The commission also investigated Milner's Newcastle mines, where both state and county convicts were at work. Milner was already one of the key industrial pioneers of Alabama, having mapped and directed the effort to build one of the state's most important railroad routes prior to the Civil War. Milner had grown up in a slave-owning family, and in early adulthood owned "a little negro of his own named Steve, who followed him about like a shadow," according to one contemporary. Milner put his Steve and several other slaves to work prospecting for gold in the 1840s to earn his tuition for college.18 Elected to the state Senate in 1866, Milner, short of height but a deliberate speaker, was a key figure in the later ouster of African Americans from all political participation and authored a widely distributed statement titled, "White Men of Alabama Stand Together." He was one of the founders of the city of Birmingham in the 1870s.
By 1881, Milner was already one of the state's most substantial industrialists. His primary company, Milner Coal and Railway Company, developed extensive mines at Coalburg and Newcastle, north of Birmingham. At Newcastle, Milner played the part of a self-aggrandizing antebellum slave master. The complex featured its own private railroad, more than 150 forced laborers acquired from the state and various counties, and an elaborate system of high-temperature beehive ovens used to make coke—a derivative of regular bituminous coal from which impurities had been baked out. A quarter mile from the mine, Milner presided over his family and received political and business visitors in a spacious house featuring a detached kitchen, smokehouse, and barns. Orchards and rose gardens crowded the home.19
It was a different scene in the prison mine not far away. A description of Milner's mine by The New York Times in December 1882 told of black prisoners packed into a single cramped cabin like slaves on the Atlantic passage. The building had no windows. Vermin-ridden bunks stacked three high were covered with straw and "ravaged blankets." "Revoltingly filthy" food was served cold from unwashed coal buckets, and all 150 black convicts shared three half-barrel tubs for washing. All convicts were forced to wear shackles consisting of an "iron hoop fastened around the ankle to which is attached a chain two feet long and terminating in a ring."20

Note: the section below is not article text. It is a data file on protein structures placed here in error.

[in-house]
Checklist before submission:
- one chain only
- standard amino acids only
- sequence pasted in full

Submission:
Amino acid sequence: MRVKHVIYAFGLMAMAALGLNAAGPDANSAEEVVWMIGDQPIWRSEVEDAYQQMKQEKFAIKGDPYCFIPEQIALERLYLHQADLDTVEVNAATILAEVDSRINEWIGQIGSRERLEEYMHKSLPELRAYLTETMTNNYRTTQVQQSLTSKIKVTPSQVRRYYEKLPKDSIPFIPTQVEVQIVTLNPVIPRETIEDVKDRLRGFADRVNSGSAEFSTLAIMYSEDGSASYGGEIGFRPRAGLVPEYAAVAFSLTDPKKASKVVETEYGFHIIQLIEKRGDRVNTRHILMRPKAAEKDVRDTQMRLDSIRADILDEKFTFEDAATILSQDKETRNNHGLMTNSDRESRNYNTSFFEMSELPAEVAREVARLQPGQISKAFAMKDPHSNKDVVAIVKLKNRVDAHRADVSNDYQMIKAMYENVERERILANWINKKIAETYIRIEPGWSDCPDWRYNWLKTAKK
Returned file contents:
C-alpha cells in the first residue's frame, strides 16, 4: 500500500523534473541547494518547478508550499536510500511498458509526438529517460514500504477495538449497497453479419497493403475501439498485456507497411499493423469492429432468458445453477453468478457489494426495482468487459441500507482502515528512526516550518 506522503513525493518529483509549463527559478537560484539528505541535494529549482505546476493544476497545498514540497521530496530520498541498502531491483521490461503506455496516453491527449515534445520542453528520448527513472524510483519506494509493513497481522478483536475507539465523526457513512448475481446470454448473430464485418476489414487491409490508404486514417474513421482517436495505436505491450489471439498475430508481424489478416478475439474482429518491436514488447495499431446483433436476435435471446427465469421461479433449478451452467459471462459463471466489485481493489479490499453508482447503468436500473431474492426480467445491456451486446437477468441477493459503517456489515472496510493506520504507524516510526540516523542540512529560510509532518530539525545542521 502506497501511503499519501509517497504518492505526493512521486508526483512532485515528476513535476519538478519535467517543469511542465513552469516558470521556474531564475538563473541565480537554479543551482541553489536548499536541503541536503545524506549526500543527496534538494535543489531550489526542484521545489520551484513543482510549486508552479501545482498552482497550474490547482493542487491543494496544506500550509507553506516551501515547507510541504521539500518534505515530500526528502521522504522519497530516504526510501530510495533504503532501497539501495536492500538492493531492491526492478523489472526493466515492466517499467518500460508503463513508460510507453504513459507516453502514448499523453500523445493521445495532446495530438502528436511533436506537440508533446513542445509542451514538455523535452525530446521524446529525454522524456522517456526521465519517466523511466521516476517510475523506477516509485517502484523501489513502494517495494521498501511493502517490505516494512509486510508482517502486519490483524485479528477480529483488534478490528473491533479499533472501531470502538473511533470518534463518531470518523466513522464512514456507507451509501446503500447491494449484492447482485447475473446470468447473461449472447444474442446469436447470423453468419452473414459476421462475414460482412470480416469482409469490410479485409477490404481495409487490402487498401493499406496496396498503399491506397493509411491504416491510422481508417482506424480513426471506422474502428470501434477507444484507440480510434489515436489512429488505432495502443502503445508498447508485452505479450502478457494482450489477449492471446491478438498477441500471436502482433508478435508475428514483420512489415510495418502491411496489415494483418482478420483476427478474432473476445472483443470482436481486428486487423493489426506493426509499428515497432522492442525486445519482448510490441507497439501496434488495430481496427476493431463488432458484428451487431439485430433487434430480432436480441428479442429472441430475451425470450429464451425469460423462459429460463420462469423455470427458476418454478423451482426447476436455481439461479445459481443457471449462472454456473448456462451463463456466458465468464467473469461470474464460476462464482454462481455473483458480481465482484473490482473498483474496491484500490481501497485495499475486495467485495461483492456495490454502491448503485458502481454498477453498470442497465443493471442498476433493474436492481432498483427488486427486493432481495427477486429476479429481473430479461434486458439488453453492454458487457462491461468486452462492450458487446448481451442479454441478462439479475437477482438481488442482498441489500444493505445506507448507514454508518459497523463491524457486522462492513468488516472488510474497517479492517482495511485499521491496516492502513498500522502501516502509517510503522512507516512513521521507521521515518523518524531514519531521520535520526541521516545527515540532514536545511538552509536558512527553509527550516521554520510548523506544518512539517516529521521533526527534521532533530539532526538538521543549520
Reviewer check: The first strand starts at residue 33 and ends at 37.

The powerful utility of slave labor as a weapon against the unionization of free laborers began to become most apparent in 1882, when hundreds of skilled and unskilled workers refused to continue work at the Pratt Mines, the steadily enlarging labyrinth of shafts on the edge of Birmingham. The miners objected to a sharp wage reduction and the company's growing reliance on convict laborers. Rather than relent to the strikers’ demands, the company leased the mines to Comer, who filled them with legions of convicts at his disposal. The strike was crushed.21 The same year, Alabama collected $50,000 in revenue from the sale of convict leases.22
The impact of that relatively brief labor event and its correspondence with payments equal to approximately $860,000 in modern currency, when adjusted for inflation, would be felt for decades. It forged in dramatic fashion the consensus that the coal and steel industry of Birmingham would thrive only with a central reliance on forced labor. That would not change for a half century.
Later in 1882, state inspectors, writing the first candid official assessment of convict camps, said the private prisons were "totally unfit for use, without ventilation, without adequate water supplies, crowded to excess, filthy beyond description." Prisoners were "poorly clothed and fed …excessively and sometimes cruelly punished; there were no hospitals; the sick were neglected; and they were so much intimidated that it was next to impossible to get from them anything touching on their treatment."23
Milner also operated a slave mine at the aptly named Coalburg. The place was no town, but a ramshackle mining camp adjacent to a shaft into a seam of coal that would be exhaustively mined for more than eighty years. The prison at Coalburg, and its nearby successor, Flat Top, were synonymous with the most wretched conditions that could develop in the forced labor mines. The Coalburg prison had no floor or toilets; prisoners were fed only meat and bread. Many men were being held long past the expiration of their ostensible sentences. In the late spring of 1883, eight out of one hundred prisoners died—a rate that the state prison inspector extrapolated to be 30 percent a year.24